“It’ll be very interesting to see if SpaceX can continue this trend and what happens to launch costs, or if this becomes another space shuttle where the costs of repair were greater than expected. However this is private space, a whole new world. It’s amazing what can be done with an imagination and fewer budgetary constraints. It’ll be also interesting to watch how other private companies view this and if we begin to see a fundamental shift in the idea of cost savings and reusability”
Joey Roulette (WMFE 90.7/NPR Affiliate, Orlando Weekly) “Watching a rocket takeoff is already a stunning experience, but when it’s a SpaceX rocket launching for the second time- that’s just mind blowing. It’s that intimate moment between us and the rocket that fulfills a small amount of our curiosity about space. It symbolizes that space exploration isn’t going away anytime soon, and SpaceX’s ambition tells our generation that we’ll witness some of the most amazing feats in human evolution. Thursday’s launch was something amazing. We’re one step closer to becoming a multiplanetary species.”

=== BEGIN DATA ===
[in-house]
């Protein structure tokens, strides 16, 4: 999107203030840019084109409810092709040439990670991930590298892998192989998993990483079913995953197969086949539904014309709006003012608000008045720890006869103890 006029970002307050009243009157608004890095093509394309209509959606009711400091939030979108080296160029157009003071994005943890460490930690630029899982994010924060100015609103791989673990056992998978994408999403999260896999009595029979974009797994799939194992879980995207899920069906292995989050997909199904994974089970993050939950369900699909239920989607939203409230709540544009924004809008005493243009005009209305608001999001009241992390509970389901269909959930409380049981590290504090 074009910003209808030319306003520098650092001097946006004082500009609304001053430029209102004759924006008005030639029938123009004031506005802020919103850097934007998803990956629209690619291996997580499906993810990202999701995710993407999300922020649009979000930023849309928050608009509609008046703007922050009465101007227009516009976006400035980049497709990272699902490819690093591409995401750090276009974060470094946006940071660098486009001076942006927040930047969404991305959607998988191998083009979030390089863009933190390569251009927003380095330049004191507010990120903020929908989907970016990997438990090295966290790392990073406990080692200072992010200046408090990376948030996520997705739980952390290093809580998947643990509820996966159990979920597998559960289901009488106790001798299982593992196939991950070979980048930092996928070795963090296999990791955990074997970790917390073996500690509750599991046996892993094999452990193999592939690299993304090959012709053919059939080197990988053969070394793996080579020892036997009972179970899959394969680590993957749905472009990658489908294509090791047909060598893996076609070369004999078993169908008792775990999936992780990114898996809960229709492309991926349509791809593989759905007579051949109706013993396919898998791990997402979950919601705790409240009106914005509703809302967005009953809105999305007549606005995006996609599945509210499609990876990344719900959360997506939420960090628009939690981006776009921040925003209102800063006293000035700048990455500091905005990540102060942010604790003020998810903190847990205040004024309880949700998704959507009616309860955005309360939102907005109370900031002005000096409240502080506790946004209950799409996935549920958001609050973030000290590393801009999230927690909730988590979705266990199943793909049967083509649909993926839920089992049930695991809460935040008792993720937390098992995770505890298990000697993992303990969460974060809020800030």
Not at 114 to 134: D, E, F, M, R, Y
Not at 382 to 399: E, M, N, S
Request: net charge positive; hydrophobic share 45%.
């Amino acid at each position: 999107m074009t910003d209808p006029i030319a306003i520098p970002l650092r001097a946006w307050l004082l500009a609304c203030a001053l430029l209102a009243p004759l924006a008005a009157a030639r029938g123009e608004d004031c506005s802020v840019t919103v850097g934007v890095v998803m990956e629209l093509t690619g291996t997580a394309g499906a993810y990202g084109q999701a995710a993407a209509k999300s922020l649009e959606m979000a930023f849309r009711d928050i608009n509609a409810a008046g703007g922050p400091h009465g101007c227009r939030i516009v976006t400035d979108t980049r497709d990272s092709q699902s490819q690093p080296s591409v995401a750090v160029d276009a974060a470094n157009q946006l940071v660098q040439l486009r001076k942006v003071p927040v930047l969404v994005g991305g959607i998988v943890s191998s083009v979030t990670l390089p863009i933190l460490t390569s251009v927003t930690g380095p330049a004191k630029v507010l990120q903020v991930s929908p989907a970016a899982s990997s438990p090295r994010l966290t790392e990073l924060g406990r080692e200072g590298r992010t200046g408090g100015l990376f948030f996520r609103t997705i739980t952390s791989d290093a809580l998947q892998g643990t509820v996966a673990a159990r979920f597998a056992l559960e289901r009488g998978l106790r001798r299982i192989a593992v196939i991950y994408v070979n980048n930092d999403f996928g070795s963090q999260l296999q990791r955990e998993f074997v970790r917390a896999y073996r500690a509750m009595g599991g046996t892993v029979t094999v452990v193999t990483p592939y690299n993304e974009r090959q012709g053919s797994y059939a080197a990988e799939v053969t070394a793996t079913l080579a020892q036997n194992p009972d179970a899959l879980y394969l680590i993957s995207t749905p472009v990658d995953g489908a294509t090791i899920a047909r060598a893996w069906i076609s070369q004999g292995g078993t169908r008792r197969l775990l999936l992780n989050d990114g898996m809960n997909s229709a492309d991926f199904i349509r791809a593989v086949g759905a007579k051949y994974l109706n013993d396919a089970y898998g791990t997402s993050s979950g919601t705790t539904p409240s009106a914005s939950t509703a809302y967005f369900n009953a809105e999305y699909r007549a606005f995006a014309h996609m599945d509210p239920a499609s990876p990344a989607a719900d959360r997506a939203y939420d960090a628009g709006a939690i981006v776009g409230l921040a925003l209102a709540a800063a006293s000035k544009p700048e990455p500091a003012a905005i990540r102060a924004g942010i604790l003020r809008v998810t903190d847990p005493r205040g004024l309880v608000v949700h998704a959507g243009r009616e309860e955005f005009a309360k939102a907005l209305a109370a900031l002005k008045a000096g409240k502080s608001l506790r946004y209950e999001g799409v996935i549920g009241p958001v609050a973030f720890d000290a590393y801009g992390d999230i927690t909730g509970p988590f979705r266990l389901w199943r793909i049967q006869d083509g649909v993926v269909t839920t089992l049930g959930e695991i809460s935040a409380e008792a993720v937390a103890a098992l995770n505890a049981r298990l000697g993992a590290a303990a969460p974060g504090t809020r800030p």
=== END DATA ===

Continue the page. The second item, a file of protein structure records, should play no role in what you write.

Robin Seemangal has been reporting from the newsroom at NASA’s Kennedy Space Center for the last two years for the Observer with by-lines also in Popular Science and Wired Magazine. He does in-depth coverage of SpaceX launches as well as Elon Musk’s mission to send humans to Mars. Robin has appeared on BBC, Russia Today, NPR‘s ‘Are We There Yet’ Podcast, and radio stations around the world to discuss space exploration